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What The New COVID Relief Bill Means For The Transport Sector

A $1.9 trillion Covid relief bill is expected to pass the House of Representatives on Tuesday 9th March before unemployment programs expire on the 14th. The bill was first approved by the Senate on Saturday in spite of every Republican senator voting against it, with many declaring that the package is too broad and too expensive.

If the bill passes the House of Representatives it will provide $1,400 to every American earning less than $75,000; put $50bn towards improving coronavirus testing centers and ringfence $170bn for schools and universities to help them take steps to reopen, alongside a variety of other payments.

The bill is expected to receive another warm welcome from the airline industry, allocating an additional $14bn for eligible airlines and $1bn for contractors to the air carriers. This is in exchange for airlines not furloughing or cutting workers until 30th September, echoing the bill passed in December 2020.

The proposed legislation was cut from an original bill passed by the House at the end of February, which formerly included $30 billion worth of support for public transportation. Nevertheless, the revised bill has created space for $1.5billion to be allocated to Amtrak and $8billion to be spent on U.S. airports.

Big players within the US travel industry have hailed the support package as a triumph, with U.S. Travel Association President and CEO Roger Dow stating that the relief “can’t come soon enough”. The praise comes following millions of job losses within the travel industry last year in the U.S., with the expected implementation of the bill aiding the sector’s broader economic recovery.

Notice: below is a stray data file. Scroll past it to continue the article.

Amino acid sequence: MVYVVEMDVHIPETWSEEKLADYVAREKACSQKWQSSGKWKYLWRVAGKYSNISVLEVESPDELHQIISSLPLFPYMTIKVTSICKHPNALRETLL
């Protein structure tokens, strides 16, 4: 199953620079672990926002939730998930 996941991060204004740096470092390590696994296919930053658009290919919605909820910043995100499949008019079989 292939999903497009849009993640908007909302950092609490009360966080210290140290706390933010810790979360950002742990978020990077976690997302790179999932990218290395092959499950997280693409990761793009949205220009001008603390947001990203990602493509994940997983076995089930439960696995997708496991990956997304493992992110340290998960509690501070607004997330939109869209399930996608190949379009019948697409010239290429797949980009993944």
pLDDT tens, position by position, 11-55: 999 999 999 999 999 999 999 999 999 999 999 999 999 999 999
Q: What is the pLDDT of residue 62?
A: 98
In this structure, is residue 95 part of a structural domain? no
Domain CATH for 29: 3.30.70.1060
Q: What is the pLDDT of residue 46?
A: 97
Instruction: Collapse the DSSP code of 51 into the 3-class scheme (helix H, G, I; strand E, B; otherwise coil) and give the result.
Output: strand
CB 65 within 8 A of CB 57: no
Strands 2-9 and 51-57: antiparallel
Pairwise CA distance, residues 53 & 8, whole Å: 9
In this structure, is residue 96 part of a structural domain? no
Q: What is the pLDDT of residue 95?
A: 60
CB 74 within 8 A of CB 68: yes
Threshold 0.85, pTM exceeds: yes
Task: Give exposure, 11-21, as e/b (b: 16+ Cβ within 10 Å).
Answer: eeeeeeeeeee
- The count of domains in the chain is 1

With airlines operating at barely half their 2019 capacity, Dow finished his statement by noting “We look forward to continuing to work with the federal government on additional recovery and stimulus measures to shorten the recovery period and restore American jobs as quickly as possible.”, perhaps indicating that more work needs to be done to get the sector back to where it needs to be.

Similarly supporting the bill is the U.S. pilot union Air Line Pilots Association who believe that the funds will “help keep our aviation industry poised to quickly respond to increased operations as demand returns”. The Allied Pilots Association, representing American Airlines’ 15,000 pilots echoed these views.

Elsewhere in the industry the inclusion of Amtrak within the bill has been praised, helping to fund their Empire Builder route running through Montana and other states. This financial help will support 1,250 furloughed staff to come back to work as well as to restore various daily routes. Those working in and for airports also welcomed the bill. Lance Lyttle, speaking on behalf of the American Association of Airport Executives, noted that the support for airports within the bill is vital to fund new infrastructure projects, stating that “the path to sustainability is airport investment”.

Overall this rescue package has been lauded as a necessary supplement to the previous relief bills of December and March last year. However, questions remain over how quickly the new measures can be implemented and whether this will indeed be the final round of funding for the beleaguered transport sector. For now at least, it is a welcome respite after a very tough year.

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